University of Sydney: Research to improve the lives of children with juvenile arthritis

Juvenile arthritis is a painful, debilitating and incurable disease which affects over 6,000 Australian children and almost two million children worldwide.

Two new University of Sydney-led research projects, with collaborators nationwide, have been awarded a total of over $4 million under the Australian Government’s Medical Research Future Fund to change the way children with juvenile arthritis are diagnosed, treated, and supported in Australia.

The first project, led by Professor Lyn March in collaboration with the Australian Paediatric Rheumatology Group, will be Australia’s largest ever trial researching the best treatment pathways for maximising symptom relief, disease control and quality of life while minimising treatment risks and side effects— such as from ongoing medication use.

The second project, led by Professor Natasha Nassar and co-designed with the Juvenile Arthritis Foundation Australia in collaboration with the Australian Paediatric Rheumatology Group, will establish systems to provide ongoing national data on juvenile arthritis for the first time in Australia, to improve early diagnosis and clinical pathways.

“Better monitoring and data on engagement with health services is needed to help us understand the extent of the problem and how we can get children the support and services they need.”
Professor Natasha Nassar
Juvenile arthritis and services in Australia
“Juvenile arthritis is the most common chronic inflammatory musculoskeletal condition in children and can lead to blindness and life-long disability,” said Professor March of the University of Sydney and The Kolling Institute, and Head of Rheumatology at Royal North Shore Hospital.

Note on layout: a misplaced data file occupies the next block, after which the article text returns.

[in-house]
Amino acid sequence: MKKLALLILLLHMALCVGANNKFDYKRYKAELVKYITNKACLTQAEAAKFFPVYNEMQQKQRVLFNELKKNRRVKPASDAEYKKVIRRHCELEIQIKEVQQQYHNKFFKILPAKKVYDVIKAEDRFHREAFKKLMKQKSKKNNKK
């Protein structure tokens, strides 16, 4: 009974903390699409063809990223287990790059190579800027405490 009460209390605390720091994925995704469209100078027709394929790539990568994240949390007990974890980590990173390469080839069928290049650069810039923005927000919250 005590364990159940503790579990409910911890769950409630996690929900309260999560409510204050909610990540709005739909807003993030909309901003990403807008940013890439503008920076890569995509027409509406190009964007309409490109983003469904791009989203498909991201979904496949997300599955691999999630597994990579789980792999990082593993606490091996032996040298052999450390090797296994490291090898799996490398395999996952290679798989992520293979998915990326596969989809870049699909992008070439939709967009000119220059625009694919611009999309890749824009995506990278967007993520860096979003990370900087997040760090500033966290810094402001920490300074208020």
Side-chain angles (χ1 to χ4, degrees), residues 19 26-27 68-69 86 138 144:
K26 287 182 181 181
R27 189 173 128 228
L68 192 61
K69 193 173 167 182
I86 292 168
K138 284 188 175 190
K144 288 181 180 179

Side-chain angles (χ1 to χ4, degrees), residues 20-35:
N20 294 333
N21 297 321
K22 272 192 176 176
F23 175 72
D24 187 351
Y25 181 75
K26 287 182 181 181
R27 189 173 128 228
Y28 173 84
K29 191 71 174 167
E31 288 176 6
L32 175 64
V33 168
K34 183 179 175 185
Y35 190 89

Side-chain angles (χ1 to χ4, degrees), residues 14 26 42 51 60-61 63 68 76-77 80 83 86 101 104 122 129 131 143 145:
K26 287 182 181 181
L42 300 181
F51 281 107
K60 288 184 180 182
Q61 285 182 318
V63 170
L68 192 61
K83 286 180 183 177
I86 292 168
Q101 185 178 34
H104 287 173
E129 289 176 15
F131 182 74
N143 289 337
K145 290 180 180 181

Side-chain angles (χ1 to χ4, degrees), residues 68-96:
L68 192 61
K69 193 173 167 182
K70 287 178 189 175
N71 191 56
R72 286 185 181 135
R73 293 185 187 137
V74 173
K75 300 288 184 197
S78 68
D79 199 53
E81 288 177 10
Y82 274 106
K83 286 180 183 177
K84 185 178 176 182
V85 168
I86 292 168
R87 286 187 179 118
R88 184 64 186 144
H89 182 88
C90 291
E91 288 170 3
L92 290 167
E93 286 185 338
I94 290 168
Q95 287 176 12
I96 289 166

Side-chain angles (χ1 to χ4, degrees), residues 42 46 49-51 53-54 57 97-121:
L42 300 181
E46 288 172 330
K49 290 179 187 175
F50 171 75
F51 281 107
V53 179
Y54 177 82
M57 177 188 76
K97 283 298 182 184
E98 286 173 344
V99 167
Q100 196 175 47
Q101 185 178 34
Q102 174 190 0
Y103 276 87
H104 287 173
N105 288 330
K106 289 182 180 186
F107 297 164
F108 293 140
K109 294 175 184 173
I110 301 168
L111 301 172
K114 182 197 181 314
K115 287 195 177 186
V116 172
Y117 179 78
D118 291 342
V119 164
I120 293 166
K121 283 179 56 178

“The condition is more common in girls than boys and may affect a child’s bone development and overall growth. Sadly, there is no known cause or cure.”

In March this year the Parliamentary Inquiry into childhood rheumatic diseases tabled an interim report hearing evidence that, “..too few Australian children with childhood rheumatic disease are receiving the care they need as a result of two main issues – first, the lack of awareness of the disease including early diagnosis, and second, the shortage of paediatric rheumatologists throughout Australia.”

“Better monitoring and data on engagement with health services is needed to help us understand the extent of the problem and how we can get children the support and services they need early on, as well as throughout their lives,” said Professor and Financial Markets Foundation Chair Natasha Nassar from the University’s Children’s Hospital at Westmead Clinical School, Faculty of Medicine and Health and Charles Perkins Centre.

Largest Australian study into treatment

Professor Lyn March
A3BC for Kids, led by Professor March and awarded $2.5million, aims to pave the way for a personalised approach to care and dramatically improve outcomes for children.

The centrepiece of the project is a large-scale clinical trial which will recruit more than 300 children from every major paediatric rheumatology treatment centre in Australia.

Current treatments involve the use of medications which target particular immune pathways. These medications help but can also dampen the immune system leaving children vulnerable to infection.

“International clinical and research experts agree we need to use these medications more effectively, but there is no high-quality data indicating when or how to take children off these drugs when their condition is under control,” said Professor March.